First, city officials Derek Naidoo and Michael Singh met Chatsworth
council flatdwellers last month to explain the new ‘indigent package’: a
conditional housing transfer, a minimalist 50kWh/household/month supply
of Free Basic Electricity – but only for a few tens of thousands of
households who consume less than 150kWh/month (not the hundreds of
thousands who most need the promised free services) – and water debt
Sadly, the majority of poor people living in shacks are getting services
worse than urban residents did during apartheid.
Westcliff residents argue that a universal entitlement is preferable to
an indigence policy, because the latter divides poor from working
people: a violation of constitutional equity.
For poor people labeled indigent, the water service includes a new kind
of flow restrictor that stops your water after a certain point.
But what if you are holding a funeral or wedding? You have to pay
another R300 to have a different meter installed, which may take days.
As for arrears, they will be capitalised, repaid by siphoning off 20% of
each bill. Yet the Free Basic Water is still just 6000 liters per
household per month, which is not enough, as argued in an ongoing court
case by activists in Soweto. (MacLeod filed testimony on behalf of
Johannesburg Water in that case, which we think takes the debate backwards.)
Moreover, the fixed charge, water loss insurance and VAT together vastly
exceed the amount we pay for water consumed. For those with no income
who are unemployed, the arrears payments are unrealistic.
And the amount per kiloliter is up to R6.62, a vast increase over prior
Second, the problems are compounded in rural communities. Consider three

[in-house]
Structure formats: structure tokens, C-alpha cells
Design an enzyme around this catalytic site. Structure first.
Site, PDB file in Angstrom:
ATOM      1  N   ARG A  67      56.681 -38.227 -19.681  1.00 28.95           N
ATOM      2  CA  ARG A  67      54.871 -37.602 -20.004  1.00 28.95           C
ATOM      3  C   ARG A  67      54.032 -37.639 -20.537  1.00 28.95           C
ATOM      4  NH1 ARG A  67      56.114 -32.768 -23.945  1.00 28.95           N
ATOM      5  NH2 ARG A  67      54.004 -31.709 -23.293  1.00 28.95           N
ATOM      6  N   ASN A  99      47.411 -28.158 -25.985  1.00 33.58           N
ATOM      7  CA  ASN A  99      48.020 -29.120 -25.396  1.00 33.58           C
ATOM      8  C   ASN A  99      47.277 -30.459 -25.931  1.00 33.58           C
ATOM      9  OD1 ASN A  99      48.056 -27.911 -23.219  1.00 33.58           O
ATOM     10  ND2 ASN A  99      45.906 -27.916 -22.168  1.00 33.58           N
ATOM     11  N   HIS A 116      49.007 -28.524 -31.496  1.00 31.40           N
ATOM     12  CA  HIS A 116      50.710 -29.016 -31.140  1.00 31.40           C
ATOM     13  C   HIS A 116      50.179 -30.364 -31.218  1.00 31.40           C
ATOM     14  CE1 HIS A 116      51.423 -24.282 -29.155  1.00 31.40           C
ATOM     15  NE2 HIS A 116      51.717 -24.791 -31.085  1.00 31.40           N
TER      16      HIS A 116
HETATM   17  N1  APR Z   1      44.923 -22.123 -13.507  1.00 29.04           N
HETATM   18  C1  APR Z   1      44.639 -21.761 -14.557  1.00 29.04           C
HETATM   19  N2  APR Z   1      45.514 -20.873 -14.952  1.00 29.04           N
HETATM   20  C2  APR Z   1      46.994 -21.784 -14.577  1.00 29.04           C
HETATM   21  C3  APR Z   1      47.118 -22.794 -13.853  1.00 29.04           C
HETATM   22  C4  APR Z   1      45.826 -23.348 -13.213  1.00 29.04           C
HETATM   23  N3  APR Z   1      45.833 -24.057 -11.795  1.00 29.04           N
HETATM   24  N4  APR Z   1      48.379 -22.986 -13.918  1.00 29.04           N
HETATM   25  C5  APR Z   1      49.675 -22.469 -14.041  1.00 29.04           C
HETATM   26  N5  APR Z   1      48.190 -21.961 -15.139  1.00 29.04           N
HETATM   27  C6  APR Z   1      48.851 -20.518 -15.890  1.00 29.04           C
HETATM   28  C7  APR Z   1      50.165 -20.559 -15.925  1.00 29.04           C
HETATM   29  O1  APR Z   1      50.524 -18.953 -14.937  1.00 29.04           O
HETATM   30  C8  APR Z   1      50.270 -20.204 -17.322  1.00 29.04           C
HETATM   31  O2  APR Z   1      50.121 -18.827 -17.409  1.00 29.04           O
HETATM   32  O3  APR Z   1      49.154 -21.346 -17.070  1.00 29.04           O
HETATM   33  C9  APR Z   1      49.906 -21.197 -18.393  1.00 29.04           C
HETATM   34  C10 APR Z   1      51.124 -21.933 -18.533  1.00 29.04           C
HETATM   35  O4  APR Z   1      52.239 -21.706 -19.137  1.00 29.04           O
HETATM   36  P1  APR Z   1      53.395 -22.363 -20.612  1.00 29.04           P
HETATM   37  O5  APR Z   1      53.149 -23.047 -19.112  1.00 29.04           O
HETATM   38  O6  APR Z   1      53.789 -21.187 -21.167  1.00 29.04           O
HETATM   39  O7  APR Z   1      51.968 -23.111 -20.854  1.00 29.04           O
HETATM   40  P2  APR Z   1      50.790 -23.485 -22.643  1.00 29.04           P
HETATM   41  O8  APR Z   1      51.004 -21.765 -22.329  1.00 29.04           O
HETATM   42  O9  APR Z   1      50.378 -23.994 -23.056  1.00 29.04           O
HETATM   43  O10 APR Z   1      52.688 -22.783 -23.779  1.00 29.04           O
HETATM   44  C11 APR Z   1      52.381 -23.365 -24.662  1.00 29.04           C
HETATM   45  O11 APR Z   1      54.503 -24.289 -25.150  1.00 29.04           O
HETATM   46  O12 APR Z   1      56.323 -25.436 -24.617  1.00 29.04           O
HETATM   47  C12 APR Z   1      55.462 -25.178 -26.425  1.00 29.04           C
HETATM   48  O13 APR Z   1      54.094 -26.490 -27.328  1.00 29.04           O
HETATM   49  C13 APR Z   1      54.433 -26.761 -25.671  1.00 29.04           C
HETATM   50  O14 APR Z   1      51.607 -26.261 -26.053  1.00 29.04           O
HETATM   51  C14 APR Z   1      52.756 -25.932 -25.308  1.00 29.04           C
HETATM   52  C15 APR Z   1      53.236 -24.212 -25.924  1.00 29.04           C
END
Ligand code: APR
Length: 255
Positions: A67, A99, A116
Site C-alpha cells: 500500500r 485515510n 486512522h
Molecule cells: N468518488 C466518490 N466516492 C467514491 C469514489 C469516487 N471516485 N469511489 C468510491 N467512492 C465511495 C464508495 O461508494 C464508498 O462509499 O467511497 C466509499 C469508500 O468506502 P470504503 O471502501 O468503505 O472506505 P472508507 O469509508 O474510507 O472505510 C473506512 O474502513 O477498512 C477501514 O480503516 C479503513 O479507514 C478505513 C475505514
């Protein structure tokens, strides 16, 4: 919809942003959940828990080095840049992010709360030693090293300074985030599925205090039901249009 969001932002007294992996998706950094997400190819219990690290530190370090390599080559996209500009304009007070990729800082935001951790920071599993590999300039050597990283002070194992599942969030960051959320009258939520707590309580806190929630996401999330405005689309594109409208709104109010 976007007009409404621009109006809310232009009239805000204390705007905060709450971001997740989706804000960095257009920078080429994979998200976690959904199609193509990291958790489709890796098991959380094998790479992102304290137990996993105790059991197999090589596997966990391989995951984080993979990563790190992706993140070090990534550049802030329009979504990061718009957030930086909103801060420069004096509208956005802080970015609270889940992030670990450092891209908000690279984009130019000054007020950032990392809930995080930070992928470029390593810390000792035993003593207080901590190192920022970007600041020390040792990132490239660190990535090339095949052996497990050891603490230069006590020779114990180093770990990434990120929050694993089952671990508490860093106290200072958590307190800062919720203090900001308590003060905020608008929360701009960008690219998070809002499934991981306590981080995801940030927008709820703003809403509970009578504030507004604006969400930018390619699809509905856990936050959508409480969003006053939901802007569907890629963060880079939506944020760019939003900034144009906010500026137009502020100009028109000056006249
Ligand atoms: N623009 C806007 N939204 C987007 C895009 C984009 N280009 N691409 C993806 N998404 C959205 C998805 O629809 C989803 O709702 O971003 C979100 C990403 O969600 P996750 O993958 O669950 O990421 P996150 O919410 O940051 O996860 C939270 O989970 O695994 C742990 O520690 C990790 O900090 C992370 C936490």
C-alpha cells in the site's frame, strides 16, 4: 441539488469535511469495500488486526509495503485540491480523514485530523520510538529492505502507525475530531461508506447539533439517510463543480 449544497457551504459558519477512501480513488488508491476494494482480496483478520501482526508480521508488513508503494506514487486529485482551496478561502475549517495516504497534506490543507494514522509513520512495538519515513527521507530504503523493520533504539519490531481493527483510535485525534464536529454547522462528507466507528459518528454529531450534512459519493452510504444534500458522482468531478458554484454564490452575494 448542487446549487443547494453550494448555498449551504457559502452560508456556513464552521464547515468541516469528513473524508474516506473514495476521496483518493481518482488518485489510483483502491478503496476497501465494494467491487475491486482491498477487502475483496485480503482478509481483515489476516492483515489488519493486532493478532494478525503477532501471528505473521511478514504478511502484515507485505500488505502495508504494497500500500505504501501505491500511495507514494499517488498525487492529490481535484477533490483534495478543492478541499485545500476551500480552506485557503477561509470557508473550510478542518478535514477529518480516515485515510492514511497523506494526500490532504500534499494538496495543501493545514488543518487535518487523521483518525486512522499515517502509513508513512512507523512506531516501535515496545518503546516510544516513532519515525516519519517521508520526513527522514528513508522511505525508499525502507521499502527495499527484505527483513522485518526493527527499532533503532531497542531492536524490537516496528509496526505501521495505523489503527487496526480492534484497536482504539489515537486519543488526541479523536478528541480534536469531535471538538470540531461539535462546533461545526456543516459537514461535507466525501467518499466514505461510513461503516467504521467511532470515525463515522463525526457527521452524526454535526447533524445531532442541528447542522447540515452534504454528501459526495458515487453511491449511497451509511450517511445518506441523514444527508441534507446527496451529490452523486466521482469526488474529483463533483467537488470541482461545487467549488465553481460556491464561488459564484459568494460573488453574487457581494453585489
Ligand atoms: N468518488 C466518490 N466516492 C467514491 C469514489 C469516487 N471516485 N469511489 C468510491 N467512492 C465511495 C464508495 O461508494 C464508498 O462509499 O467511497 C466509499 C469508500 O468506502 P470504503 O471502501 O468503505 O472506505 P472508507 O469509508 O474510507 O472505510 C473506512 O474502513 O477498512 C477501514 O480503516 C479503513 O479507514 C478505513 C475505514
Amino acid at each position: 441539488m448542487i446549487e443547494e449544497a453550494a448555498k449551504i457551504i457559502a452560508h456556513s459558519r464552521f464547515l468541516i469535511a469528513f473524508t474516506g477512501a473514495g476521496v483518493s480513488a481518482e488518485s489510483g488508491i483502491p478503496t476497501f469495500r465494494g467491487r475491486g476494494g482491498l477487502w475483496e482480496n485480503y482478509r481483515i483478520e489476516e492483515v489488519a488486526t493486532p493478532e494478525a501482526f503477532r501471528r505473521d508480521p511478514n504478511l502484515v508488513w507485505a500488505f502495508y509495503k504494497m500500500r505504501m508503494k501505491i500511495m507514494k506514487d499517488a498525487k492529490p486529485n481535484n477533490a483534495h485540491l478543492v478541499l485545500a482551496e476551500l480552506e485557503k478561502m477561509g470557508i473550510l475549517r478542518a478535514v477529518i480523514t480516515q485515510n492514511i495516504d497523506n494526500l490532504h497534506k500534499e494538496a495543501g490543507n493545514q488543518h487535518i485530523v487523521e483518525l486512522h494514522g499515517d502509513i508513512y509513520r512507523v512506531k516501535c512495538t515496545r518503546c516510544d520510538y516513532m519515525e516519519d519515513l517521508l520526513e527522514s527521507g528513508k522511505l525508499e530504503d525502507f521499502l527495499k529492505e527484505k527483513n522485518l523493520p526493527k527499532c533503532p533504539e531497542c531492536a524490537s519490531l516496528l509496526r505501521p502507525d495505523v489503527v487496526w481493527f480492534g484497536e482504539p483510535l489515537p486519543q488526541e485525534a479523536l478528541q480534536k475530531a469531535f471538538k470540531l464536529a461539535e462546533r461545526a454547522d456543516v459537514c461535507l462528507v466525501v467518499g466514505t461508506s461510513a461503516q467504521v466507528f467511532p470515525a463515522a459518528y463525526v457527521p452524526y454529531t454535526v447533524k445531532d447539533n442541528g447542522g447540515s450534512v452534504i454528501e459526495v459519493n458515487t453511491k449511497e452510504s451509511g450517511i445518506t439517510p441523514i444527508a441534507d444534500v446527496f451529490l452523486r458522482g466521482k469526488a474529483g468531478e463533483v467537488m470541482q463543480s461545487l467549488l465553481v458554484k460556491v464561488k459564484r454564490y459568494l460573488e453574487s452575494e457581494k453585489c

areas around the Inanda Dam, which ironically supplies Durban with most
of its water: Kwangcolosi, Mzinyathi and Maphephetheni.
After the trauma of displacement – still uncompensated – the water
system provided after the construction of Inanda Dam was welcome, but
the designs are inadequate.
Residents get either a 200 liter drum filled up by trickle each day –
which is not enough for big families, and for when there are traditional
events like weddings or funerals – or alternatively they go to
poorly-maintained community standpipes that lack a good soakaway.
Mud is caused by livestock, which cannot get to the dam for water, and
often women wait in long queues. There are still communities nearby with
no water system.
For billing, confusion reigns because some are being charged and some
As for sanitation, the Urinary Diversion system is the cause of
dissatisfaction, because of filth, leading the majority of people to use
their old pit toilets instead.
Ultimately, eThekwini policy should have service levels just as high for
rural people, so that dignity, public health and gender equity are
achieved: good, high-pressure taps inside the house, and flush toilets
with septic tanks.
Third, upper-income eThekwini residents still have the best deal. The
majority of Durban Water and Sanitation funding is raised through tariffs.
The 1997 consumption of water by the one third of the city’s residents
who have the lowest income and pay their bills regularly was 22
Shortly afterwards, MacLeod introduced ‘Free Basic Water’, but for just
the first 6 kl/hh/month, and steep increases in price for the next
blocks of water were imposed. By 2003, the (inflation-adjusted) price of
the average kiloliter of water consumed by the lowest-income third of
billed residents had doubled from R2 in 1997 to R4.
According to city official Reg Bailey, that price increase resulted in